Big changes afoot! This has been my personal blog for many years, just random videos I dig and the occasional content of my own.
The name ‘B0ardside’ was one I originally thought of as the name of a venue I would one day own. Well! That time is now.
With Covid going on, I decided to experiment with my backyard more for open-air shows, putting on my first show in early september, which went well.
Since then, and chatting with friends, Douglas Gorney and Brent Willson, we’ve morphed the space into an art collective, with a zine and putting on more shows.
This weekend, we’re going to put on a two day show featuring Brent’s work. Zines will be available too. Come check it out!
This is a recording of Kei Terauchi’s composition she contributed to the first issue of the B0arside zine:
The text which accompanies it:
This piece portrays an experience one might have wandering the Outer Sunset neighborhood from dusk till dawn. The story is extremely simple. It’s nightfall. The protagonist walks and revels in the moonlight and music until the sun rises.
Compositionally, the piece is a pastiche of references from my own musical memory. I’m always curious about sounds in my head and the distortions the memory plays. I will go over these references to unfold my compositional process and, hopefully, to offer nuggets of music geekdom.
The piece opens with “Tempest’s theme.” The first four notes of the melody [A - F - E - D] come verbatimly from the main melody of Beethoven’s piano sonata Op. 31 No. 2 Mvt. III. The sonata is nicknamed “The Tempest,” and, thus, determines the identity of the protagonist of my piece. So, here she is. Tempest wanders into the night in the Outer Sunset. Although the accompanying chords and the melody following are far from Beethoven’s original, this is a note-for-note musical reference.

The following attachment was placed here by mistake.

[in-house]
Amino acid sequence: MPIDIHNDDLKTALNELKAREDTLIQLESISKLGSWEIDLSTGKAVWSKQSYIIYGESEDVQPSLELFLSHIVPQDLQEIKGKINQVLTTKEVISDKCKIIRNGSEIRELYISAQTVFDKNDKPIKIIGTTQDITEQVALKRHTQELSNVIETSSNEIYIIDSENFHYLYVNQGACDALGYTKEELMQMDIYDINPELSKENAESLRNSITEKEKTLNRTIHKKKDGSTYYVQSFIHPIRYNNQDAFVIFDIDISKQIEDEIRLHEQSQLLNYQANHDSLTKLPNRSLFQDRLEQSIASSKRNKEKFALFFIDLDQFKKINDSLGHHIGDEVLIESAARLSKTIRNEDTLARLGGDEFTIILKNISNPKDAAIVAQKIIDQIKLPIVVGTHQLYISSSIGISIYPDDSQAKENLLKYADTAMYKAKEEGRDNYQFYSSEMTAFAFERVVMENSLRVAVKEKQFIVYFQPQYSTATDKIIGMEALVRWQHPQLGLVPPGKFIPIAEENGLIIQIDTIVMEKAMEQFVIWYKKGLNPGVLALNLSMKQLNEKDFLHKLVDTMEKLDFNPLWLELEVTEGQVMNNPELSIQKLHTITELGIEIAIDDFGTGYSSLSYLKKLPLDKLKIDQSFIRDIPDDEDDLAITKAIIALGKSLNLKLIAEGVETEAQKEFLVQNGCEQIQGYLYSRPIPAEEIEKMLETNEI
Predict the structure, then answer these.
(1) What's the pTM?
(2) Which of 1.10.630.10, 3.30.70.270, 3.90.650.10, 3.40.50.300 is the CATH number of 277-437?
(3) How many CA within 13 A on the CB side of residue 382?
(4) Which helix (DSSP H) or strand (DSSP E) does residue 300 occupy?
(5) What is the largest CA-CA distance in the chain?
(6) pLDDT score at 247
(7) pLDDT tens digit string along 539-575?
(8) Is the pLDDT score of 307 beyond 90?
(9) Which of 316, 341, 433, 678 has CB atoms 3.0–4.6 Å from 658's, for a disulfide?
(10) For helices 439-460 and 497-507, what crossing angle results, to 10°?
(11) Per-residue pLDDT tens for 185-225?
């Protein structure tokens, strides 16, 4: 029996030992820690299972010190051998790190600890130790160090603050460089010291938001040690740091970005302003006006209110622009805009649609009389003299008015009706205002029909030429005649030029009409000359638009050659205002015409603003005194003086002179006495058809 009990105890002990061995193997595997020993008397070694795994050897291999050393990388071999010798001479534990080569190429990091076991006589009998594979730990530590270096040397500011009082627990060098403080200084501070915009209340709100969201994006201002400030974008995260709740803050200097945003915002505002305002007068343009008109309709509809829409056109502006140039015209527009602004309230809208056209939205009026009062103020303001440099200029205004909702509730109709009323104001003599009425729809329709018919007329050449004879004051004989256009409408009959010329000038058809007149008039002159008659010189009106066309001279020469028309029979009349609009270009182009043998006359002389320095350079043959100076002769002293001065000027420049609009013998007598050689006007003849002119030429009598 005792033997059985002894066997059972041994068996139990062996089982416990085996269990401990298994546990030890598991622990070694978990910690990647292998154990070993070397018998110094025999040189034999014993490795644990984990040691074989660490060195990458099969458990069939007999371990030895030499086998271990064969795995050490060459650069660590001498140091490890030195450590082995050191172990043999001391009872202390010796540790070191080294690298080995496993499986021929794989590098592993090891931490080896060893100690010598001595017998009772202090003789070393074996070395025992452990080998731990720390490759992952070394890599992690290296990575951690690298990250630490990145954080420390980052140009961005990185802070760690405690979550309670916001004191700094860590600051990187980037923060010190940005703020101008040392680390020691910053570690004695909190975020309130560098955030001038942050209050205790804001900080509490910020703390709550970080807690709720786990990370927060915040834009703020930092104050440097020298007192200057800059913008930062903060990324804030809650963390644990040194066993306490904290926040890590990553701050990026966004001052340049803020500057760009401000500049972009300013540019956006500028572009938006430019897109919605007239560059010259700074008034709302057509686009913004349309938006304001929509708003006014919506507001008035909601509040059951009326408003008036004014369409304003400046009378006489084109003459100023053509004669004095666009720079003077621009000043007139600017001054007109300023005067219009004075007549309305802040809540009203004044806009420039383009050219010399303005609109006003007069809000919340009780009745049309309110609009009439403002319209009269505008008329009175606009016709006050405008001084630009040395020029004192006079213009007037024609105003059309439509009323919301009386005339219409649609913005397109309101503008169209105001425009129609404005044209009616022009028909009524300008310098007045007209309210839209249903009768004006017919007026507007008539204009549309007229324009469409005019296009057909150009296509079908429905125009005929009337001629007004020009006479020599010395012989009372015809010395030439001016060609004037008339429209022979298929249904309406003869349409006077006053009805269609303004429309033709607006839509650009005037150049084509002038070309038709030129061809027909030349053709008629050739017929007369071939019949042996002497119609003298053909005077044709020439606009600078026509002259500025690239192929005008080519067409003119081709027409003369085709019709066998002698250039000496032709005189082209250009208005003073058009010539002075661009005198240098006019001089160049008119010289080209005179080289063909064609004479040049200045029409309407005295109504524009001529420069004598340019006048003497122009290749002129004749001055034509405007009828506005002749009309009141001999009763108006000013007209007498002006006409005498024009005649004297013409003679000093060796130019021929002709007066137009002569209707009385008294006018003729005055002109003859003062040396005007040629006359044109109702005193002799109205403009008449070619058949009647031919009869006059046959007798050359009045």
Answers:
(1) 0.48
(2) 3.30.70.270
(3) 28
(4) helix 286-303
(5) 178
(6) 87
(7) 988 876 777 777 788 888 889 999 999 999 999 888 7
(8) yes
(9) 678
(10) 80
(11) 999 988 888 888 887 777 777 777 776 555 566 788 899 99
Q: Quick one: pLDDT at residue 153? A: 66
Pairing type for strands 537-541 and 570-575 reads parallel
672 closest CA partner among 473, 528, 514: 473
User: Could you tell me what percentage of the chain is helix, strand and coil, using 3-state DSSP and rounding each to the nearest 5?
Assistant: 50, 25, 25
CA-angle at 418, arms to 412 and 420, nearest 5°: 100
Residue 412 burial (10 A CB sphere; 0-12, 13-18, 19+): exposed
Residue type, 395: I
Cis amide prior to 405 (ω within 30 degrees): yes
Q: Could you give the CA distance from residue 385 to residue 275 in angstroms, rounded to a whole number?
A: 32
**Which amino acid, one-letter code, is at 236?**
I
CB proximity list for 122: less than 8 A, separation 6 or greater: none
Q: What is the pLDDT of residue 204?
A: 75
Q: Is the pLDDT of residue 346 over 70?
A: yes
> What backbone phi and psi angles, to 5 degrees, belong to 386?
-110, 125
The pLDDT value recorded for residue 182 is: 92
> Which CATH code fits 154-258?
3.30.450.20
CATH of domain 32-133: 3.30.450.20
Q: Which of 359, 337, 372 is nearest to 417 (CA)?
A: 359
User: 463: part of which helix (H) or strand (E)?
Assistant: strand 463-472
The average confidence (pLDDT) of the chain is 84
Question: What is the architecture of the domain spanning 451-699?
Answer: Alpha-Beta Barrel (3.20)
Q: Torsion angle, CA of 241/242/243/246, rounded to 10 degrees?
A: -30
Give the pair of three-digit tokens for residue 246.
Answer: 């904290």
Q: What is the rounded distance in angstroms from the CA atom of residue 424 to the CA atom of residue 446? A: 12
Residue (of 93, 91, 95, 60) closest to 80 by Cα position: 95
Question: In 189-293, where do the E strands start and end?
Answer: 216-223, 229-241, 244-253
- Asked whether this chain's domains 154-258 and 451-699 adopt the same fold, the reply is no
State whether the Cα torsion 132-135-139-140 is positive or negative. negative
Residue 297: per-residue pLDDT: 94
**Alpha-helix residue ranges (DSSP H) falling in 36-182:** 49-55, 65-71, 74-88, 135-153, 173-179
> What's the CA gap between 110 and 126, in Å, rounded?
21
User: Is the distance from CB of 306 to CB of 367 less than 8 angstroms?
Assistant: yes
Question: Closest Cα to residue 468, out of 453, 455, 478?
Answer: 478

Tempest’s theme shows fluidity in tonality and rhythm. The first two measures assert we are in D major/minor, then quickly pivot to G major/minor. We also get a glimpse of the rhythmic bend with the triplet sixteenth notes in m. 3 that foreshadow more rhythmic variations to come.
Tempest confronts the moonlight in the next section (m. 5-8). Ostinatos (repeated right hand chords) in groups of 7s, 8s and 9s pay homage to Debussy’s classic piano work, “Claire de Lune.” In this French composer’s celebrated work, the section that starts on m. 15 is one of the most breathtaking; sustained low Eb octaves are followed by shimmering chords that outline [F - Eb- Eb- Eb- Db- Db - Db - C - C- C- Db - Bb] while defying rhythmic restriction. As for our Tempest in the Outer Sunset lit by the Lune, the octaves that outline the right hand chords loosely trace the chorus of Daft Punk’s song “Get Lucky.” Though unsung, the lyrics here, “She’s up all night ‘til the sun/ I’m up all night to get some/ She’s up all night for good fun/ I’m up all night to get lucky,” overlay with the light of Debussy’s moon. Tempest may have encountered a group of dancers at Ocean Beach.
The arpeggios in m. 9-11 harken to the bridge in the same song by Daft Punk, “We’ve come too far to give up who we are/ So let’s raise the bar and our cups to the stars,” and feature diminished 7ths, already familiar to us as they made an appearance in Tempest’s theme (m. 3, beats 3 & 4).
Returning to our protagonist’s theme from m. 12, we see that she has now gained rhythmic freedom after her experience with Debussy & Daft Punk. We slow down to Calando and anticipate the sun to rise at any moment. This sunrise was hinted at by Daft Punk earlier and is implied in Tempest’s joyful tiredness shown in rests and fermatas. Finally, her theme [A - F - E - D] turns into [D - F - E - D], ending the piece with [A - G - F# - D], not an exact quote, but a liberal citation of Soul II Soul’s “Keep on Movin,” concluding Tempest’s night out in the Outer Sunset with, “Yellow is the color of sun rays.”
Kei Terauchi, October 2020
In putting this piece on a score, I went through the fact checking process, which was filled with surprises. For instance, I didn’t know that “Claire de Lune” was based on Verlaine’s poem of the same title. “While singing in a minor key/ Of victorious love, and the pleasant life/ They seem not to believe in their own happiness/ And their song blends with the moonlight.” How perfect that this unwittingly intersects with Daft Punk.